Student Author(s)

Eric Leu, Hope College

Faculty Mentor(s)

Dr. Brian Yurk, Mathematics

Document Type


Event Date



Landslide formation is a significant contributor to montane rainforest biodiversity, opening gaps in the tree canopy and leading to the germination of pioneer plants. In order to study the spatio-temporal patterns of landslide formation, we developed a technique using a machine learning algorithm (random forest) to automatically identify landslides in high resolution satellite imagery. Using 4-band Planetscope and 5-band RapidEye satellite imagery, we identified landslides associated with major rain events over the Monteverde Cloud Forest Reserve in Costa Rica. The classifier uses reflectance values along with texture measures and topographic slope to sort pixels into different landscape classes. Slope was calculated using digital elevation models. The overall accuracy of the resulting classifier was 99% when tested against a validation set consisting of landforms that were visually classified using the imagery. Ground-truthing was also performed in July 2019, and several features that were classified in the imagery were visited in the field. This work confirmed the accuracy of the classifier for large features, though some small features observed in the field were not identified by the algorithm. By applying the classifier to imagery collected before and after major rain events, we have been able to see the development and subsequent recovery of landslides associated with the events.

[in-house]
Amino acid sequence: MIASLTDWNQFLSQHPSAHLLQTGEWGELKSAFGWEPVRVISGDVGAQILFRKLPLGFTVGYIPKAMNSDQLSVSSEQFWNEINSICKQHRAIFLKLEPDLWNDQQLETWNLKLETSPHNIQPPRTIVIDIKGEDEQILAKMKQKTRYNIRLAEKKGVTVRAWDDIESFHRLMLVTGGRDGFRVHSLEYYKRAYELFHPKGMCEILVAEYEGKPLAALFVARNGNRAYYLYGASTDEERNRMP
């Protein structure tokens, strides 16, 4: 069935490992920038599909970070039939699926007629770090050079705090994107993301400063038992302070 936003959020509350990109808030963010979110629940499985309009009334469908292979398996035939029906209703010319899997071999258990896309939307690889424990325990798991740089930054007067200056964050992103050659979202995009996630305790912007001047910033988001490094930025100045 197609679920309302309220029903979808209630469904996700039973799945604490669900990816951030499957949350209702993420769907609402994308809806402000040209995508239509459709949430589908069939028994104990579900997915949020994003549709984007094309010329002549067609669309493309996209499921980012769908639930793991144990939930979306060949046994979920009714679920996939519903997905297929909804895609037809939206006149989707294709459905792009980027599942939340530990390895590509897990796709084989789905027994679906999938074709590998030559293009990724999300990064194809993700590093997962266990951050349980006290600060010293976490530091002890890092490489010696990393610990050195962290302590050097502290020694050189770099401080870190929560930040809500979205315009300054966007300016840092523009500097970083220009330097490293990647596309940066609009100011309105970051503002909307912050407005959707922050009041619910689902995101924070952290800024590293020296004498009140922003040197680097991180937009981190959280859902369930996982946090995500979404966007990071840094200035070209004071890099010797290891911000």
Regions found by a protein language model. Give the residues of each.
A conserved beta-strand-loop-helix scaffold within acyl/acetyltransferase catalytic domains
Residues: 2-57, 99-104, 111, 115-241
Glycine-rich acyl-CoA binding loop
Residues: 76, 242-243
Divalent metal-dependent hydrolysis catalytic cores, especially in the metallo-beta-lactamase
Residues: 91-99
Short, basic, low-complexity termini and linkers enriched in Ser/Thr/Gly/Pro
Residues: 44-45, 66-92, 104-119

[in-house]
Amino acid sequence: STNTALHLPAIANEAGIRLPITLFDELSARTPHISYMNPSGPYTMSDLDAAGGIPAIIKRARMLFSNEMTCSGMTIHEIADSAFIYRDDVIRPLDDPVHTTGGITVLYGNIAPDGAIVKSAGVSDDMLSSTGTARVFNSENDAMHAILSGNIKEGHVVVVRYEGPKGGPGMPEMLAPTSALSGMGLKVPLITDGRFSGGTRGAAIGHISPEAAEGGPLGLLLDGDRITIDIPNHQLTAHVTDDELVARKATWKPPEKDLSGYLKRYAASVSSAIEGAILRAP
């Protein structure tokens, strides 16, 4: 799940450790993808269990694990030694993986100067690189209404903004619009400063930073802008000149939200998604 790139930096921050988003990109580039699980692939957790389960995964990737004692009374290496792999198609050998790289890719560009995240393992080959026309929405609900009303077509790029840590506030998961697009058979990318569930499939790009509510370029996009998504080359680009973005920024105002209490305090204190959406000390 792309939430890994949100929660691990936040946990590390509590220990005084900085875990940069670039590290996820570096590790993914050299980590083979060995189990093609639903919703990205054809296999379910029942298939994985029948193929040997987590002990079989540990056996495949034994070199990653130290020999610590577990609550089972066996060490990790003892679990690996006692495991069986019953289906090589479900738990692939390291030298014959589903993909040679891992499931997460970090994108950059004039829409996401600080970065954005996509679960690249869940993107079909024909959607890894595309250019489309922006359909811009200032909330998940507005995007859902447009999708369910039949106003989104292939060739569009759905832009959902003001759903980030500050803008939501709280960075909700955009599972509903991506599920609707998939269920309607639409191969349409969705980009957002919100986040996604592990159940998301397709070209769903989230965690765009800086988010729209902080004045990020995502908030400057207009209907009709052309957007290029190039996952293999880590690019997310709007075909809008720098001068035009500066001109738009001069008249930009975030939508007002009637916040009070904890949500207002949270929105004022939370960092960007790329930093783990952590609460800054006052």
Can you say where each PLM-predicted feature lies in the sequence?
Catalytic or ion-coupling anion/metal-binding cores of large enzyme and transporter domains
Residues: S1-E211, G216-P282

This work was partially funded by Michigan Space Grant Consortium, NASA grant #NNX15AJ20H and the Frank and Dorothy Sherburne Mathematics Summer Research Fund.

Included in

Mathematics Commons